Eric Milton Fits Into A Philadelphia Comfort Zone

After an injury last season, Eric Milton didn't know too much about his future. Now, almost a year after suffering a knee injury, the left-hander comes back to his home state and has a steady job in the Phillies starting rotation. Most pitchers like to think of themselves as the ace of the staff, but for Milton, just being a contributing part of one of the deepest staffs in baseball is enough.

When the Phillies acquired Eric Milton from the Twins, one off-season question seemed to have been addressed, Kevin Millwood would not be back in a Phillies uniform. Surely picking up a hefty six million dollar salary meant there would be very little left in the back account for Millwood, who never seemed to fall in love with the city. Despite agent Scott Boras' attempts at a multi-year deal with other contending teams, Millwood ended up back in Philadelphia after Phillies General Manager Ed Wade wisely offered Millwood arbitration assuring the Phillies would at least get a draft pick if they lost their ace from a year ago. After looking at the moves the Phillies made during the off-season, Millwood signed on a few weeks back giving the Phils two quality starters but at a cost of nearly 16 million dollars.

While some wondered if Milton was going to inherit the ace role that Millwood garnered last season that is no longer a worry and the State College Pa. native can settle into a much more comfortable third or fourth position in the rotation, probably behind Brett Myers. That's probably where he should be.

In a six-year career, all with the Twins, Milton has only had one season with an ERA below 4.00 and that was last season when he started just three games. His career ERA of 4.76 is certainly not eye popping but consider that many of his games were pitched in the hitter friendly Metrodome. Batters hit .413 at the homer dome against Milton but just .217 in road appearances.

That certainly gave the Phillies enough optimism to spend promising reliever Carlos Silva and super utility man Nick Punto to get him. Milton does possess an impressive baseball pedigree. He was drafted in the first round of the 96' draft by the New York Yankees. Less than two years later Milton was part of the deal that sent All-Star second basemen Chuck Knoblauch from the Twins to the Yankees. Remember that Knoblauch was coming off his finest season batting over .350 and stealing over 50 bases. While Milton was advancing quickly through the Yankee farm system, the Bronx Bombers were well stocked with pitching at the major league level and were very happy with their other blue chip lefthander, Andy Petite.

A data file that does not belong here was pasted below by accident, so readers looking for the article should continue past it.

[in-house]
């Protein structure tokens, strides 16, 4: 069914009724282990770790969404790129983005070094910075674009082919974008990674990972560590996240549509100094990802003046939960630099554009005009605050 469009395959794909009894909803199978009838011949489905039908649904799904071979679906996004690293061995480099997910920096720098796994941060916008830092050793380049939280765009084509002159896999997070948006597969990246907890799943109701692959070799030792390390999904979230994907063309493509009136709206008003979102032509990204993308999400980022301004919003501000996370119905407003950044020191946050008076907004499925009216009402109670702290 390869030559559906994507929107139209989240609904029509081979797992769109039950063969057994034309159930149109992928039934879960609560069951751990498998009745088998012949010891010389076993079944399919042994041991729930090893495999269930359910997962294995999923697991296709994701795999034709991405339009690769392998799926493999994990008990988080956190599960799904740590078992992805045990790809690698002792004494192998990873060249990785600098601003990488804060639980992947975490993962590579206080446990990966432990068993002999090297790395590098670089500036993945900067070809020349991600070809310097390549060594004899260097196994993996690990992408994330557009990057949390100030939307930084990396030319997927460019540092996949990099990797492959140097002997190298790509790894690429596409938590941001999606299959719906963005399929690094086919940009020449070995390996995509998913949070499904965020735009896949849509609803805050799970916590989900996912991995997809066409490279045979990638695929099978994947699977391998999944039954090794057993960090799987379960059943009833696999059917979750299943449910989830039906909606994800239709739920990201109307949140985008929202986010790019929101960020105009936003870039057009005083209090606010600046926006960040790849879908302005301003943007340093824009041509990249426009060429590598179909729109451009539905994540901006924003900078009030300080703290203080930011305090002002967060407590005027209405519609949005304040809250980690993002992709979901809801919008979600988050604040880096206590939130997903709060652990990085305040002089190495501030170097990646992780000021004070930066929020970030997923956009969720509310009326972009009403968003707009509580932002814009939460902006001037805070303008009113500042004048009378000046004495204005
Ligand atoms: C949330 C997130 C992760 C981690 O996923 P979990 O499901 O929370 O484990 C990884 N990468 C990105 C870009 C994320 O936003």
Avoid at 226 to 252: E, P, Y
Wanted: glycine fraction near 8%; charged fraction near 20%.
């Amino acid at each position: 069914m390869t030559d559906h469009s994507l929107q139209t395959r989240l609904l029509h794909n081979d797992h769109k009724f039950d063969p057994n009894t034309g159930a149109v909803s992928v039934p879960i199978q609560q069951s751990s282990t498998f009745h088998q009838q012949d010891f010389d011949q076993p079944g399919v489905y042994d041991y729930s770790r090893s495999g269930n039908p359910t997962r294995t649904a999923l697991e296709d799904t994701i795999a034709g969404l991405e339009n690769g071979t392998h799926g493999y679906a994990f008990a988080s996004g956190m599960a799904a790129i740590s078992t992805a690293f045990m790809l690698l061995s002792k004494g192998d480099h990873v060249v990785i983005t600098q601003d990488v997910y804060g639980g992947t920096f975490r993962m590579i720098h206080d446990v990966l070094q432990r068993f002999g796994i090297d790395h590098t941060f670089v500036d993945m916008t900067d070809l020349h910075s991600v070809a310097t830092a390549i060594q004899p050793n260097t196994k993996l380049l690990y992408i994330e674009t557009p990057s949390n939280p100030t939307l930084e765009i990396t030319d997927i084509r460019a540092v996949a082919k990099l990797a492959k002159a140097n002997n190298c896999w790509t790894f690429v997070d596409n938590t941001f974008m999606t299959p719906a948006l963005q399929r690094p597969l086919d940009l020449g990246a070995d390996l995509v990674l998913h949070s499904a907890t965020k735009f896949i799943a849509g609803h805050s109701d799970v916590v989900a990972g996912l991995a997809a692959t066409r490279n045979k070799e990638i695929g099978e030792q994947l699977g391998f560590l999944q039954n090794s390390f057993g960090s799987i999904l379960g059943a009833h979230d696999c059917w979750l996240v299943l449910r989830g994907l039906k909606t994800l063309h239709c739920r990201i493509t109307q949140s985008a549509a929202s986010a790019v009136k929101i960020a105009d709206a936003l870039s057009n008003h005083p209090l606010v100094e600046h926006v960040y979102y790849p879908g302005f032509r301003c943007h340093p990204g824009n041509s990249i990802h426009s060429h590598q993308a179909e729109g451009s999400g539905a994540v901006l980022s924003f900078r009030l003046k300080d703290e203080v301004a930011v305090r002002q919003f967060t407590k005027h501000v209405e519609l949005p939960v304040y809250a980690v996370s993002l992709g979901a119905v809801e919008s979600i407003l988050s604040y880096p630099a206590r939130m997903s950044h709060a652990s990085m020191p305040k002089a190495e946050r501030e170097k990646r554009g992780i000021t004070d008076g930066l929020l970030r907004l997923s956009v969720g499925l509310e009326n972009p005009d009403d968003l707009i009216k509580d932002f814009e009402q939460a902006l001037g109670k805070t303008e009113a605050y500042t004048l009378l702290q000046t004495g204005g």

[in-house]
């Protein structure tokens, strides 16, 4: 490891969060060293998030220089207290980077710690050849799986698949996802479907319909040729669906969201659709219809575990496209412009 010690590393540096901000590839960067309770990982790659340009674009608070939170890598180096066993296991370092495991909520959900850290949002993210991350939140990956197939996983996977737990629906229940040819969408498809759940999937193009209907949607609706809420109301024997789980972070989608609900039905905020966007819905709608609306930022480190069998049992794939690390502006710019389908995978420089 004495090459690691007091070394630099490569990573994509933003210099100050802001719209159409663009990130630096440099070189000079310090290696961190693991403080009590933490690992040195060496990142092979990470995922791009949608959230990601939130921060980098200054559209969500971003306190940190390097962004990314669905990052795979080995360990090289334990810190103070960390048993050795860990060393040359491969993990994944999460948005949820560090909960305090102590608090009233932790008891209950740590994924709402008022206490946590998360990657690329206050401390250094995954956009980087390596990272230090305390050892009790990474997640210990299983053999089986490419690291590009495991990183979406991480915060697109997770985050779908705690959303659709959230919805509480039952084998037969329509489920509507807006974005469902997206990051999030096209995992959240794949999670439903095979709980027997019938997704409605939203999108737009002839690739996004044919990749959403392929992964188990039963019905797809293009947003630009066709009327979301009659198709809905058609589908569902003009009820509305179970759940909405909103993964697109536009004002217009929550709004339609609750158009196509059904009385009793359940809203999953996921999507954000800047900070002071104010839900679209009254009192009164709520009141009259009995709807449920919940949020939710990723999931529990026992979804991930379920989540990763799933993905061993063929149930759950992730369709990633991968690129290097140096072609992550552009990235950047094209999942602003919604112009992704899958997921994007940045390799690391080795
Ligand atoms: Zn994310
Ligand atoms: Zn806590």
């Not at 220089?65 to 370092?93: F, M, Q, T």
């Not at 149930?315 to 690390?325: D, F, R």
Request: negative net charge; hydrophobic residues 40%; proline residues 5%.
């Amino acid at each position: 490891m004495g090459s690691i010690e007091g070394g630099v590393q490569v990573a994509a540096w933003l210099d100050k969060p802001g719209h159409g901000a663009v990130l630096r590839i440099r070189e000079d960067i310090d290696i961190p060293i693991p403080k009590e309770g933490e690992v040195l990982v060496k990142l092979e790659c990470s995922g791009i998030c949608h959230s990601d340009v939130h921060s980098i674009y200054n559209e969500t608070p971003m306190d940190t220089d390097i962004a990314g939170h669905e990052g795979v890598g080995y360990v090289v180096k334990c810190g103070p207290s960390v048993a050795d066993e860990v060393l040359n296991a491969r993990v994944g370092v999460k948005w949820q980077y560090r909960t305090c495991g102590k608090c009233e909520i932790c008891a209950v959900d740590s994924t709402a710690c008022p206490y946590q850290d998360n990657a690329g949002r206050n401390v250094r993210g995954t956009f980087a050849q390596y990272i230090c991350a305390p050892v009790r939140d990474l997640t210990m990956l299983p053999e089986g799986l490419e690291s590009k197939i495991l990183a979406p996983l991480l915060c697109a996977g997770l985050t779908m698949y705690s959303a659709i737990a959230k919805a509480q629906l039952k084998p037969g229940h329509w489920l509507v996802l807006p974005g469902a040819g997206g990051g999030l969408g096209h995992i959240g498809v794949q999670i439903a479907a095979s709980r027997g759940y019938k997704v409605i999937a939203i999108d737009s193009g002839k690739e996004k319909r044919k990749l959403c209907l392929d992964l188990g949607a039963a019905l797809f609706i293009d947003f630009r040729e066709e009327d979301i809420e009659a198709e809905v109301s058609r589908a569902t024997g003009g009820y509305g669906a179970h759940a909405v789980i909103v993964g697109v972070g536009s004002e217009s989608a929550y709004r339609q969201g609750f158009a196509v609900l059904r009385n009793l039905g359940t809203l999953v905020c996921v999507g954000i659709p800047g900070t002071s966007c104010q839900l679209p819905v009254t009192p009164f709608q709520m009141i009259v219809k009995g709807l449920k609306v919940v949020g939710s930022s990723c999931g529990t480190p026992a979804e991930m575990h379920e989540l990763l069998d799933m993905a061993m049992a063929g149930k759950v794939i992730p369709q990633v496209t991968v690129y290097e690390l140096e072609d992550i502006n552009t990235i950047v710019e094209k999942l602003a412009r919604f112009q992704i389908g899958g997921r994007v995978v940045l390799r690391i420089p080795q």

Months after the trade Milton found himself in the big leagues and has never been back to the farm. His first season he pitched in 32 games, starting 28, all for a Twins team that was clearly in a rebuilding mode. A year later, in 1999, he became the fourth pitcher in Twins history to hurl a no-hitter when on Sept. 11 he no hit, no run the Angels while walking just two batters. Two years later he found himself in the All-Star Game, and would end 2001 with a career high 15 wins. Last season he spent much of the year recovering from two knee surgeries on his left MCL. He came back in just enough time to help the Twins make a playoff push starting three games, pitching 17 innings, while allowing only five earned runs. He pitched well enough for the Phillies, among others, to inquire about the lefty's availability. The Twins, I'm sure, were more than eager to drop, what was, one of their heftier contracts.

Milton throws in the mid 90's and at 6'3 will be one of the more intimidating left-handers in the National League this year. He possesses a hard slider that can give fits to righties and a solid curve that can leave many left handed hitters week in the knees. He does have a pengent for leaving balls up in the zone and has consequently become prone to giving up his share of gopher balls. However, while Citizens Bank Park was certainly not designed with pitchers in mind, it is certainly an upgrade over the Metrodome for Milton.

If Milton had inherited the "ace" role, this season might have been a disaster. Without that pressure Milton should excel under the tutelage of Joe Kerrigan who resurrected the careers of left hand pitchers Rheal Cormier and Dan Plesac last season. Expect Milton to win 14-16 games with an ERA between 3.6 and 4.0. With this years bullpen any lead after seven innings would seem to be safe and since Milton has only thrown 10 complete games in his career, he should benefit from the Phillies' much improved firemen. It's taken nearly a decade but Eric Milton is back in Pennsylvania and he finds himself on one of the favorites to win the National League. Only time will tell how he performs in front of the "home town" crowd and how he settles into his new role on the Phillies.

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